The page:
How Old is the Earth? This is what scientists say

How old is the rest of the Earth, this is a big question mark. Recent studies say the Earth will not die as quickly as previously predicted by scientists.

The hotter sunlight will not evaporate Earth’s water for at least another 1 billion to 1.5 billion years. When compared with previous predictions of scientists, this means hundreds of millions of years slower.

Previously, a study conducted by planetary scientist Ravi Kopparapu from Pennsylvania State University (Penn State), University Park, revealed that the Earth will gradually die when the water has evaporated. Extreme evaporation only requires about a 6% increase in the sun’s current heat, which he says occurs once every 100 million years.

That means Earth has only 600 million to 700 million years left for evaporation that could destroy life on Earth. However, the study was denied by a student.

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Eric Wolf, a doctoral student at the University of Colorado, Boulder said Kopparapu’s study was quite simple, only analyzing what happens in one dimension, altitude. As a result, the study by Kopparapu excluded clouds and incorrectly assumed that climatic factors such as humidity were the same everywhere on Earth.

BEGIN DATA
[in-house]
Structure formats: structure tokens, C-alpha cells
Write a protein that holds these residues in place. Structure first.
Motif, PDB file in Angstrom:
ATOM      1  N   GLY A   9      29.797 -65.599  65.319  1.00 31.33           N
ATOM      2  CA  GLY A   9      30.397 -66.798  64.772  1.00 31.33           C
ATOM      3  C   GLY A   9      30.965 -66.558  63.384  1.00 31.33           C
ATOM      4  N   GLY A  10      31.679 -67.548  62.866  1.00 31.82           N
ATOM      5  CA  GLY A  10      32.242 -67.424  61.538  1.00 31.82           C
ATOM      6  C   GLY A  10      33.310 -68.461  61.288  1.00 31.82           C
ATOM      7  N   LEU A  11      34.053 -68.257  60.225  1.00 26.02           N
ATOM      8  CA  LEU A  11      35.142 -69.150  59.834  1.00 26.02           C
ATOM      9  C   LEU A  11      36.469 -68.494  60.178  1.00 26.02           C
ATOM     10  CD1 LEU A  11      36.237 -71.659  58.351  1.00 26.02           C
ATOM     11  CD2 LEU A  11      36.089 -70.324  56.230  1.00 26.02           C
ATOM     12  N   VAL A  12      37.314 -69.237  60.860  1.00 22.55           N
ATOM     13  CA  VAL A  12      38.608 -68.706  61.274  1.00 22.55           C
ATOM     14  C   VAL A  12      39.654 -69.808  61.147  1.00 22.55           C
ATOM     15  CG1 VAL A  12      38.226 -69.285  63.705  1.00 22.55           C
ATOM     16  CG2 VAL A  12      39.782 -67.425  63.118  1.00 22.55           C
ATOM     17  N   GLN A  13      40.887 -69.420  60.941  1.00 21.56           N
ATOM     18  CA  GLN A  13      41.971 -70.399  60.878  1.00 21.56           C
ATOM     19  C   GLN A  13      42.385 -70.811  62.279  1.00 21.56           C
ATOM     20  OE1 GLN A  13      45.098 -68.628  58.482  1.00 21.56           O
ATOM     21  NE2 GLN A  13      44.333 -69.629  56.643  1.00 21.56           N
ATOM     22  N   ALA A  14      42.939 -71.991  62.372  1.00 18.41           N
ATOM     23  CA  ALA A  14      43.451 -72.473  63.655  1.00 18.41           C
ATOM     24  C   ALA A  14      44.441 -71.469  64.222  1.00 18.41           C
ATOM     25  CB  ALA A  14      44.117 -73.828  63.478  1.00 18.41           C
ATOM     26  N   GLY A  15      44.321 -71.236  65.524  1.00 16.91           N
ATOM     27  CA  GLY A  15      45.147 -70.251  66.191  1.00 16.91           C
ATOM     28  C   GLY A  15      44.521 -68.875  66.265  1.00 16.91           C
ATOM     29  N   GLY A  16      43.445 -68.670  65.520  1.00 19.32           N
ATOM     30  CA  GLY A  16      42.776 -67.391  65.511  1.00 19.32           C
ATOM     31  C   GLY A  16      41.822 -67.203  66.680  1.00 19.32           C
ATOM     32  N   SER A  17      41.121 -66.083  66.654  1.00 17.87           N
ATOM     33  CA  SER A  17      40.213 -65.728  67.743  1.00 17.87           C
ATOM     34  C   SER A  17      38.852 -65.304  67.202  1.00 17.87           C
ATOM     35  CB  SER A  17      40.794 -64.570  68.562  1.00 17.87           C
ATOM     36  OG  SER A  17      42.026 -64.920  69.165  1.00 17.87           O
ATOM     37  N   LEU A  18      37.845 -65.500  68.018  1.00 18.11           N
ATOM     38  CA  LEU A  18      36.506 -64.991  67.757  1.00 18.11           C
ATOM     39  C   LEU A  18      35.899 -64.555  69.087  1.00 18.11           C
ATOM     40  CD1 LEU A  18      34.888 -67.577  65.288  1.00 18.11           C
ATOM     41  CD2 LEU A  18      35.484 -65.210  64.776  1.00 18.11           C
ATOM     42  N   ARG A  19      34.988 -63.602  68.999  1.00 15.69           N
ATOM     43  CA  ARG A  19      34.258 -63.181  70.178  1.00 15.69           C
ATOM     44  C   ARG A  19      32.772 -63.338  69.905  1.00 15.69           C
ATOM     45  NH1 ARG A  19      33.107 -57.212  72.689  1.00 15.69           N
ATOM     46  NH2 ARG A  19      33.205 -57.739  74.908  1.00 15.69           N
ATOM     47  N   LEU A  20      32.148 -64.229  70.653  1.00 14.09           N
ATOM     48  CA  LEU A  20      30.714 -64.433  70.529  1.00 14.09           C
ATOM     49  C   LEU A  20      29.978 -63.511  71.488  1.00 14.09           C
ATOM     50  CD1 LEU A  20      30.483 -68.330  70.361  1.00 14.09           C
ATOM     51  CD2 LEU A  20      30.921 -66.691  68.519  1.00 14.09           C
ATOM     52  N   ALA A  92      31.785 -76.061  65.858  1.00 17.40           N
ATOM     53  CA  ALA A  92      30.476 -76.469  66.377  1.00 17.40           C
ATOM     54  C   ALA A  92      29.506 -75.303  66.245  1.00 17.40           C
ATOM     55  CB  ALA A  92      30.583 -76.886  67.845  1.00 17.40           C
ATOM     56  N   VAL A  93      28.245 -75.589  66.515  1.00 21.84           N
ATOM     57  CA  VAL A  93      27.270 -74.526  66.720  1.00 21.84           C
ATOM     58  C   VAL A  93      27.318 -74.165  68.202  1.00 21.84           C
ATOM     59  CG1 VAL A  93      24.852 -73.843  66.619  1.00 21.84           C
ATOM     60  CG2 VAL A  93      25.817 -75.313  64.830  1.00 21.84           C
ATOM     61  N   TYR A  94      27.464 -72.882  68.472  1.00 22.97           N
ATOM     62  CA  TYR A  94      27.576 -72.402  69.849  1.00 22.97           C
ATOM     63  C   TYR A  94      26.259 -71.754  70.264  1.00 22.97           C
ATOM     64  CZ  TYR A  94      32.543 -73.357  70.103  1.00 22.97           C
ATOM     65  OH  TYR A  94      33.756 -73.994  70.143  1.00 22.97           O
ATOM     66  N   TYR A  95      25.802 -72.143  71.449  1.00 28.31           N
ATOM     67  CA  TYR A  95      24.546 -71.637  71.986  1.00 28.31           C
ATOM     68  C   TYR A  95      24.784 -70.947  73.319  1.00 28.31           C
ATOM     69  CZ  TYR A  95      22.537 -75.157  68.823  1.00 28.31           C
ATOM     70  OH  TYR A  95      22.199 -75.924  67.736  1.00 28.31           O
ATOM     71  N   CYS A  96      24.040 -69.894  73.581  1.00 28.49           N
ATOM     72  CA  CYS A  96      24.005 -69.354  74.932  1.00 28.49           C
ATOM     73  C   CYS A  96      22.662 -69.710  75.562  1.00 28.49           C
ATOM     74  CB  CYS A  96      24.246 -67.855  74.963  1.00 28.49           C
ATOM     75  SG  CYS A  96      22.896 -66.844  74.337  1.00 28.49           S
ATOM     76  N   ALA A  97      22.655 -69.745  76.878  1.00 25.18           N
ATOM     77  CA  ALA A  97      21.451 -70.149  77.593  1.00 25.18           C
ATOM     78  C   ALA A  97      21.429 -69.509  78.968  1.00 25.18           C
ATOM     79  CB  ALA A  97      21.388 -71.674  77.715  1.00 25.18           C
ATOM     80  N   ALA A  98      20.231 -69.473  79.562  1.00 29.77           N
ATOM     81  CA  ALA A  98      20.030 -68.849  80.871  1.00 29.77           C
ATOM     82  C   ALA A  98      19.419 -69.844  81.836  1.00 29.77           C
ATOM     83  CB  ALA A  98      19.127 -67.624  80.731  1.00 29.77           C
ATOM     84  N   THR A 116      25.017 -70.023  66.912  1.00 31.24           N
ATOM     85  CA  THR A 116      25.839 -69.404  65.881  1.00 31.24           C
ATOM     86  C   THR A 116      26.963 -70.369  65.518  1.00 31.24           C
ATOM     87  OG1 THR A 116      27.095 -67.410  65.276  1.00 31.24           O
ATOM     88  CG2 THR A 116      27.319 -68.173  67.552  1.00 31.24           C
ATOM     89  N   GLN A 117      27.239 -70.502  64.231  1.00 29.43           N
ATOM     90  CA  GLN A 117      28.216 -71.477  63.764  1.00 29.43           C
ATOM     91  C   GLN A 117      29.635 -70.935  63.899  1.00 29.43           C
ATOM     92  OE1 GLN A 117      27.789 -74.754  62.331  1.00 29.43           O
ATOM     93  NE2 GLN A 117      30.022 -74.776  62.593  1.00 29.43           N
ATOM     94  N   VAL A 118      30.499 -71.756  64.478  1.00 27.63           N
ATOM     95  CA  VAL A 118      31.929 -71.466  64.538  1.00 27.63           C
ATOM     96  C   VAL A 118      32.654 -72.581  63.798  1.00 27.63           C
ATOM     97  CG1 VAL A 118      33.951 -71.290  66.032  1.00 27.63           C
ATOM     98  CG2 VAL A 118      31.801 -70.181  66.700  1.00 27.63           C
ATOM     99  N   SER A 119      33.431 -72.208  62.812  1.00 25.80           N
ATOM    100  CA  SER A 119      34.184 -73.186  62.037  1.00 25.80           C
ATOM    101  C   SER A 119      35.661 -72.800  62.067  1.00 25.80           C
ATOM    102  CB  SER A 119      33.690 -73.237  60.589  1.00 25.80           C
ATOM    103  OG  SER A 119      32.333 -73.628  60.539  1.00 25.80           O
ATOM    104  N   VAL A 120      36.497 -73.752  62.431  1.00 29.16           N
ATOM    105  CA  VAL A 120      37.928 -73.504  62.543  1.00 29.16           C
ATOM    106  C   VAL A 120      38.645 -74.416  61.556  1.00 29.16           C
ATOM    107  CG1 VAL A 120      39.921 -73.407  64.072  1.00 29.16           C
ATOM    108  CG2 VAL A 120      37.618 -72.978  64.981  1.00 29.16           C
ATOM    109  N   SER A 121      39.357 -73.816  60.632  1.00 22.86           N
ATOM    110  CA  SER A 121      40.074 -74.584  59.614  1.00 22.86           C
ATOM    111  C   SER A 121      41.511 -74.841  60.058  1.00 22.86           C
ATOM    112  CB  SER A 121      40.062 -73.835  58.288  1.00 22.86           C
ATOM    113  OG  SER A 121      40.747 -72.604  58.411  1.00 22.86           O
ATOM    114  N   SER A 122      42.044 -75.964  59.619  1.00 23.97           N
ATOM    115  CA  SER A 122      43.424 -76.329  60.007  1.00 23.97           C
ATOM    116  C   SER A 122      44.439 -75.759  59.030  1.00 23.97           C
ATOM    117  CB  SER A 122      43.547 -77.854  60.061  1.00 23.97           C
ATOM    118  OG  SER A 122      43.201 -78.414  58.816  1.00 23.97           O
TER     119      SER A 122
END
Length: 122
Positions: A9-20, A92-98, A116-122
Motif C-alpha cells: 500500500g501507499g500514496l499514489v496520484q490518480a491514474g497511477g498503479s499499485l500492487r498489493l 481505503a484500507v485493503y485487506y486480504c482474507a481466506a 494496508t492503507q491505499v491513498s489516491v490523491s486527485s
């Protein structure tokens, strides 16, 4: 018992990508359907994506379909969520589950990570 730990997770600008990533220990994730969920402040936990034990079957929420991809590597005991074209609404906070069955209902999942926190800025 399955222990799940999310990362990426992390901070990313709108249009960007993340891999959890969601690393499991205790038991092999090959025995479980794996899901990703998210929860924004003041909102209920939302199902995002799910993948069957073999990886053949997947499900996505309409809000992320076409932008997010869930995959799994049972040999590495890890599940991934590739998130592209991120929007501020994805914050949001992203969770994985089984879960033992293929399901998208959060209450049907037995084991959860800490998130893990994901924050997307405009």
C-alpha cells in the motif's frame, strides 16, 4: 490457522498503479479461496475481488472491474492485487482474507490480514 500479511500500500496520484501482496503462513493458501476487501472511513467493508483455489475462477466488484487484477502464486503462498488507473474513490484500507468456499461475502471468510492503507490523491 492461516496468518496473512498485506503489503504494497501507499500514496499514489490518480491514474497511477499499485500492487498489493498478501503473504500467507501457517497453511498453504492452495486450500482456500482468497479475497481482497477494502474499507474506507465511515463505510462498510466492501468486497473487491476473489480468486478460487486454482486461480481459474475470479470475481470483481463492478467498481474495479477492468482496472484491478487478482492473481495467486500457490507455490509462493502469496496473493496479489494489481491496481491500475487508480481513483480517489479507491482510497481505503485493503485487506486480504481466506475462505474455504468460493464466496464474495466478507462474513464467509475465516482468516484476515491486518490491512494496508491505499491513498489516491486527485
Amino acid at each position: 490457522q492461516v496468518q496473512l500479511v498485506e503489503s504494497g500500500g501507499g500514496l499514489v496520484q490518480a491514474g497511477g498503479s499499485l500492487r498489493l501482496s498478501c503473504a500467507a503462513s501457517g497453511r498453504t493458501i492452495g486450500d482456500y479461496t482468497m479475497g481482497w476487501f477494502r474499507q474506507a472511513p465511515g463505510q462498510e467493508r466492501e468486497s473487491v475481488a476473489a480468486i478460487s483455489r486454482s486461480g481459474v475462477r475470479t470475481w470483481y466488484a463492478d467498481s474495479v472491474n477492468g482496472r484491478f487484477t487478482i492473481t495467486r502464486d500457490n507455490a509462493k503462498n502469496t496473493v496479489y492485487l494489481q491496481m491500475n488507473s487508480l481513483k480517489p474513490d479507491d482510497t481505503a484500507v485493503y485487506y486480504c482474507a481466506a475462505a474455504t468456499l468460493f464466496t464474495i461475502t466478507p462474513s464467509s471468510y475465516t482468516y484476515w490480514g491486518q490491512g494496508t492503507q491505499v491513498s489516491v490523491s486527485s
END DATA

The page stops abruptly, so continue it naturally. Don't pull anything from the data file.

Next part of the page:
Wolf and his colleague, Owen Brian Toon, simulated Earth’s future using a more realistic 3D climate model from the National Center for Atmospheric Research. This includes clouds, and a number of other details such as regional differences in humidity.

In climate models, it is assumed that atmospheric CO2 levels have increased 25 percent higher than today. It didn’t stop there, he also raised the Earth’s heat to 15.5% higher than now. As a result, Earth’s temperature has increased dramatically from the current average of 15°C to 40°C.

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But Wolf says that the heat isn’t hot enough to evaporate Earth’s water let alone boil it. So some living things in it are able to survive.

The stratosphere is also not warming up, Wolf concluded that Earth has at least 1.5 billion years left to support life, especially in the Polar region.